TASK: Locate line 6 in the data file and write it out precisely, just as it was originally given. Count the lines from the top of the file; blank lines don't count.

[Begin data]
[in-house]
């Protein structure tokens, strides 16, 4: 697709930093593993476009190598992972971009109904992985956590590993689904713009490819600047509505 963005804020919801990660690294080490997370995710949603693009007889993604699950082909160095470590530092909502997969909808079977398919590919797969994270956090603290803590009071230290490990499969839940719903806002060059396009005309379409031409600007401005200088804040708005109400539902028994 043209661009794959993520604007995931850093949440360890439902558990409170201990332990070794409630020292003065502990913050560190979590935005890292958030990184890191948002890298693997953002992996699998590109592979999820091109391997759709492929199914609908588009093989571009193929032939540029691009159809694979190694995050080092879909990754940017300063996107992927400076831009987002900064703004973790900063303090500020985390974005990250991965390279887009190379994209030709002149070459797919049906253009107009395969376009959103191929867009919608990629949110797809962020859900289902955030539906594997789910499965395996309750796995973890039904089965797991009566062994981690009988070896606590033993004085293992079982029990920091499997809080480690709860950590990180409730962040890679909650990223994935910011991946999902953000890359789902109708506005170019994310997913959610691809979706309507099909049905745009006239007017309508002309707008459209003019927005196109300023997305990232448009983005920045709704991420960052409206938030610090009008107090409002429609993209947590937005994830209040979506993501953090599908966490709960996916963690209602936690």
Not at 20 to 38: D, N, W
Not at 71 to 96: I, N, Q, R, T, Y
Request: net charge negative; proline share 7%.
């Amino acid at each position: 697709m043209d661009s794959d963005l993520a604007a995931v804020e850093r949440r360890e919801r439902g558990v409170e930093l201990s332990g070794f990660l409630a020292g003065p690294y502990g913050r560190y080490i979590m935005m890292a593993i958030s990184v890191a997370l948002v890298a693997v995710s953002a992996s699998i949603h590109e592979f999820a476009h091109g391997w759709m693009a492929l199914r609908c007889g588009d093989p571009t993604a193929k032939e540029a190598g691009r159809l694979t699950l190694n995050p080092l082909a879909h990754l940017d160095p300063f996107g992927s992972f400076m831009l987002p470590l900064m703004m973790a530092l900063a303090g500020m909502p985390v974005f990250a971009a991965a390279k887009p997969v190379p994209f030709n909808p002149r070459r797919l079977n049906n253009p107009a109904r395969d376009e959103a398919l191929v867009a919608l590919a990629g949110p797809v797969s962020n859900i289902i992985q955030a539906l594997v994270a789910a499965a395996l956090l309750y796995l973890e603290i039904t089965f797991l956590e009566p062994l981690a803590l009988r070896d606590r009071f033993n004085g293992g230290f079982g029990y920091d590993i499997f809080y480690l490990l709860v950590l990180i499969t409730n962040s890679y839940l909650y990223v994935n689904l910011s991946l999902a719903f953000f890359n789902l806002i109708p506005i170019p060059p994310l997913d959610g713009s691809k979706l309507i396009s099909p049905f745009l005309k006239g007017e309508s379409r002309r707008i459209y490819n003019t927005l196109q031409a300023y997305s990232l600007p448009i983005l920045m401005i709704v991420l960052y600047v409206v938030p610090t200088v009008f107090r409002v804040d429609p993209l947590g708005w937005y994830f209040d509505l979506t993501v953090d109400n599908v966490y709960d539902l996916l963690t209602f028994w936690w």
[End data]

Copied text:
């Amino acid at each position: 697709m043209d661009s794959d963005l993520a604007a995931v804020e850093r949440r360890e919801r439902g558990v409170e930093l201990s332990g070794f990660l409630a020292g003065p690294y502990g913050r560190y080490i979590m935005m890292a593993i958030s990184v890191a997370l948002v890298a693997v995710s953002a992996s699998i949603h590109e592979f999820a476009h091109g391997w759709m693009a492929l199914r609908c007889g588009d093989p571009t993604a193929k032939e540029a190598g691009r159809l694979t699950l190694n995050p080092l082909a879909h990754l940017d160095p300063f996107g992927s992972f400076m831009l987002p470590l900064m703004m973790a530092l900063a303090g500020m909502p985390v974005f990250a971009a991965a390279k887009p997969v190379p994209f030709n909808p002149r070459r797919l079977n049906n253009p107009a109904r395969d376009e959103a398919l191929v867009a919608l590919a990629g949110p797809v797969s962020n859900i289902i992985q955030a539906l594997v994270a789910a499965a395996l956090l309750y796995l973890e603290i039904t089965f797991l956590e009566p062994l981690a803590l009988r070896d606590r009071f033993n004085g293992g230290f079982g029990y920091d590993i499997f809080y480690l490990l709860v950590l990180i499969t409730n962040s890679y839940l909650y990223v994935n689904l910011s991946l999902a719903f953000f890359n789902l806002i109708p506005i170019p060059p994310l997913d959610g713009s691809k979706l309507i396009s099909p049905f745009l005309k006239g007017e309508s379409r002309r707008i459209y490819n003019t927005l196109q031409a300023y997305s990232l600007p448009i983005l920045m401005i709704v991420l960052y600047v409206v938030p610090t200088v009008f107090r409002v804040d429609p993209l947590g708005w937005y994830f209040d509505l979506t993501v953090d109400n599908v966490y709960d539902l996916l963690t209602f028994w936690w």